Even worse, let’s say hypothetically that what we expect to happen is that Ship 1 sends a signal when Ship 1’s clock reads 1 year, and then they expect Ship 2 to receive it “instantaneously”, which means as far as Ship 1 is concerned, they expect Ship 2 to receive it when Ship 2’s clock reads whatever Ship 1 thinks it should be reading “right now”. Namely, 1/2 year. So now say Ship 2 receives the signal when their clock reads 1/2 year, and sends a return signal. Then, by the same logic, they expect Ship 1 to receive the return signal when Ship 1’s clock reads 1/4 year! And if you set each clock to “ping” mode, basically you get a convergent infinite series all the way back to zero. 

We may or may not have a problem with the idea of information moving back in time, but that’s not what’s at issue here. The issue is that it’s clear that this also fails to be a useful “instantaneous” communication device.

Again, the problem is that the very nature of space-time itself is that there is NO SUCH THING as objective simultaneity over long distances. And in the absence of an integrated theory of relativistic quantum mechanics, we simply don’t know what we ought to expect to happen with the entangled wavefunction over space-travel-relevant distances.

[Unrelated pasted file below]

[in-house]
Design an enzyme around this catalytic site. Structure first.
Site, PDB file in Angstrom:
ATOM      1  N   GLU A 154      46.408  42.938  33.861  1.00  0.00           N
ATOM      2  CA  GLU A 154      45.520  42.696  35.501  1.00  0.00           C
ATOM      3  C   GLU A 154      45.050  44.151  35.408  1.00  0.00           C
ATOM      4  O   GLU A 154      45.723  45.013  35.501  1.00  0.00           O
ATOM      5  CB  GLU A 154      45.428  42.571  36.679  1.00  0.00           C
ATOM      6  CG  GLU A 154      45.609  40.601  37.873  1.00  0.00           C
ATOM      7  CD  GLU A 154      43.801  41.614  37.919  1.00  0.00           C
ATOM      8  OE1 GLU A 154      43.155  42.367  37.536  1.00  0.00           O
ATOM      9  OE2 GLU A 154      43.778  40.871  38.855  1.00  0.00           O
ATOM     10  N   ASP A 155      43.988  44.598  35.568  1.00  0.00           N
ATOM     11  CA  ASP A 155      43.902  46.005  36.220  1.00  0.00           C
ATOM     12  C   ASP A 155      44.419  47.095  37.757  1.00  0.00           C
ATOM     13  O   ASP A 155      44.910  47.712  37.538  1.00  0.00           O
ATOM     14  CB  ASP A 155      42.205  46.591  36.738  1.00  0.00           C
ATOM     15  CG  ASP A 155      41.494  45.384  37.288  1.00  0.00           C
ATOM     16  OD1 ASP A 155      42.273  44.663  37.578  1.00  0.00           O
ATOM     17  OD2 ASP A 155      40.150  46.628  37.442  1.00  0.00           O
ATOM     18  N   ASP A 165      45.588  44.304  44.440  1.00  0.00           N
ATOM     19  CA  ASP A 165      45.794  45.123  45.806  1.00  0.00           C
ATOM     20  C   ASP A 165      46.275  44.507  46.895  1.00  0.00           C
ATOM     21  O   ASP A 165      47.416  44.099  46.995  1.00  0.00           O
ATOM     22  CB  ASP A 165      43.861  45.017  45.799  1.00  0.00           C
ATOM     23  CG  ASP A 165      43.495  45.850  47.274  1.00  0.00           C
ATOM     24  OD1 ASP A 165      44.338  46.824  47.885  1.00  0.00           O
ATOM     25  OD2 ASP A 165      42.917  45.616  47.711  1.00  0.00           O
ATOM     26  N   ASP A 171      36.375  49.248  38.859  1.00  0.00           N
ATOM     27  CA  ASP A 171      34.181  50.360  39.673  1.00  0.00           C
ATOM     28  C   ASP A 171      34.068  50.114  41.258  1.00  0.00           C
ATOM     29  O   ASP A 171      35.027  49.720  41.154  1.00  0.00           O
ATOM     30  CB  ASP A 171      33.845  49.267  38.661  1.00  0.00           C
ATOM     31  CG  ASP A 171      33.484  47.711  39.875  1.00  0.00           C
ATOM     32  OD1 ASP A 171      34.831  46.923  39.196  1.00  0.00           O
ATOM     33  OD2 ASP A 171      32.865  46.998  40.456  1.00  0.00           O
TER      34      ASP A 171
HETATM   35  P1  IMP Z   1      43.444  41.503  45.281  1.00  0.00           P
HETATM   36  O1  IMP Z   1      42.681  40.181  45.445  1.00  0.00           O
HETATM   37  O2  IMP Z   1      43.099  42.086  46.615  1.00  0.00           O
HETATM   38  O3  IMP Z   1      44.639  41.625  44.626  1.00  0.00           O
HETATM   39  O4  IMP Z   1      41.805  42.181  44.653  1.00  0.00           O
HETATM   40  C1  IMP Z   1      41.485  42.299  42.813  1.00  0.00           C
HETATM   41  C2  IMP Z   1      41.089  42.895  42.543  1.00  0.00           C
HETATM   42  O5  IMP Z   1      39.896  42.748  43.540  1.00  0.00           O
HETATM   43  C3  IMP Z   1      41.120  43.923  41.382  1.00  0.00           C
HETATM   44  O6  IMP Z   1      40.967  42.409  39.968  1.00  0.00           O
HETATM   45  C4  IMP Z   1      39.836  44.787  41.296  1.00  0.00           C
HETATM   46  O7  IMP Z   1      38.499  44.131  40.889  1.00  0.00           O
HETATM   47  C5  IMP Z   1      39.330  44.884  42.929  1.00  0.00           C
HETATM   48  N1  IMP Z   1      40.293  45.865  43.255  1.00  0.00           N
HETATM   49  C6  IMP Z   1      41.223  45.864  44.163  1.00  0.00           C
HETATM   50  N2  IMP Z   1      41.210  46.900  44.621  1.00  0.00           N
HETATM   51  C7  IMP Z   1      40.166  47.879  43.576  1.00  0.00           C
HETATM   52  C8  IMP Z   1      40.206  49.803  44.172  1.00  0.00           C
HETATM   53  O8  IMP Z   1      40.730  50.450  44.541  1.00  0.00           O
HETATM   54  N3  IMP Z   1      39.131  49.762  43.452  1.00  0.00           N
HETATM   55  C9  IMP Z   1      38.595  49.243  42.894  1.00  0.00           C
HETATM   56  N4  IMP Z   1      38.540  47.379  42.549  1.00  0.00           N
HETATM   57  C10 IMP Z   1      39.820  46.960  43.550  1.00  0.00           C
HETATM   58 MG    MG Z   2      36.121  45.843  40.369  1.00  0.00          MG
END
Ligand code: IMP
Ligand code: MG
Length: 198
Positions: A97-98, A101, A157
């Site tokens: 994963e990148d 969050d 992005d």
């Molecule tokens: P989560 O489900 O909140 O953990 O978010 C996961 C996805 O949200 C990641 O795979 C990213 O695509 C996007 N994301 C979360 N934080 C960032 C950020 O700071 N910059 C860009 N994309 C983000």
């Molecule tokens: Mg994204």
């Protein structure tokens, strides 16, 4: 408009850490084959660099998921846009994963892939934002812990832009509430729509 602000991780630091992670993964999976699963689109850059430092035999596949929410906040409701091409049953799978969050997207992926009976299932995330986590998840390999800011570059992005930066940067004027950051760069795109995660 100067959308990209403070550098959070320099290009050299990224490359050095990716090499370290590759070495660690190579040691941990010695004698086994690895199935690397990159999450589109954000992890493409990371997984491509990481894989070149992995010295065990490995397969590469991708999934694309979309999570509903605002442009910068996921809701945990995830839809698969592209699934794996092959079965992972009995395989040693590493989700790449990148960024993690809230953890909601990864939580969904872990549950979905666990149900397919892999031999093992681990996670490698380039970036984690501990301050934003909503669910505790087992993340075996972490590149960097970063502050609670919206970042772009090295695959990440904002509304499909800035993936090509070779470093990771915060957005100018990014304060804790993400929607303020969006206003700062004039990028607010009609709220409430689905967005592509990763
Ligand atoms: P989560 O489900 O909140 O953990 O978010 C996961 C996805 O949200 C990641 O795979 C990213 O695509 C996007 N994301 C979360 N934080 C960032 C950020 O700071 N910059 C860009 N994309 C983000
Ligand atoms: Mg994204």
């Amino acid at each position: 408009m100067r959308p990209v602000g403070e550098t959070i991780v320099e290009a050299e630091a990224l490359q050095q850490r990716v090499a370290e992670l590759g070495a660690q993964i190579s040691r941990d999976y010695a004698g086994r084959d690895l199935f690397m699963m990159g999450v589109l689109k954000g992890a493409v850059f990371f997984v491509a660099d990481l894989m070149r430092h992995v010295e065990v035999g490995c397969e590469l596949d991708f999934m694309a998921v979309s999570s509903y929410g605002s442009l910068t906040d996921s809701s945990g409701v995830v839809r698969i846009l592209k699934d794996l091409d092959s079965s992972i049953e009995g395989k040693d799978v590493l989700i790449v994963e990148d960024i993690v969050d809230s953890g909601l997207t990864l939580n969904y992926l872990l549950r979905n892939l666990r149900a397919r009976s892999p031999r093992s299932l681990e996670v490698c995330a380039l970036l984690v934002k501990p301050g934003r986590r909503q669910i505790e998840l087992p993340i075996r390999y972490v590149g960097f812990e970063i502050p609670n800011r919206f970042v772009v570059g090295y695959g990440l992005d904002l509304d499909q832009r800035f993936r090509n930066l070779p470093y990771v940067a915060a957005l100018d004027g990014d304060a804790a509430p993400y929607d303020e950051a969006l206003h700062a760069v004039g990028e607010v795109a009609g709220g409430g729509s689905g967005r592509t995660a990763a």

Of course, it’s still an interesting question, even though we don’t know what’s “supposed” to happen, because we can postulate various possible options and consider what each one leads to. Having just gone through this just now, I’d say that I think the most likely option is the first one I described, at least for situations of special relativity. That means that it effectively works as if each entangled particle has its own internal clock, and that’s how they know when “the same time” is. That means that Ship 1 sends a message when their clock (and their particle’s imaginary internal clocks) reads 1 year, and Ship 2 receives it when their clock reads 1 year. What this means is that although the external observer (“me”, the way I set this up) sees the communication as instantaneous, each ship actually sees the communication taking a long time from their reference frames. So basically, this leads to a result where it never leads to anything other than an amusing curiosity where (just as with the experiments already being done) we can externally observe simultaneity, but it doesn’t do us any good when we try to get involved in it for communication purposes.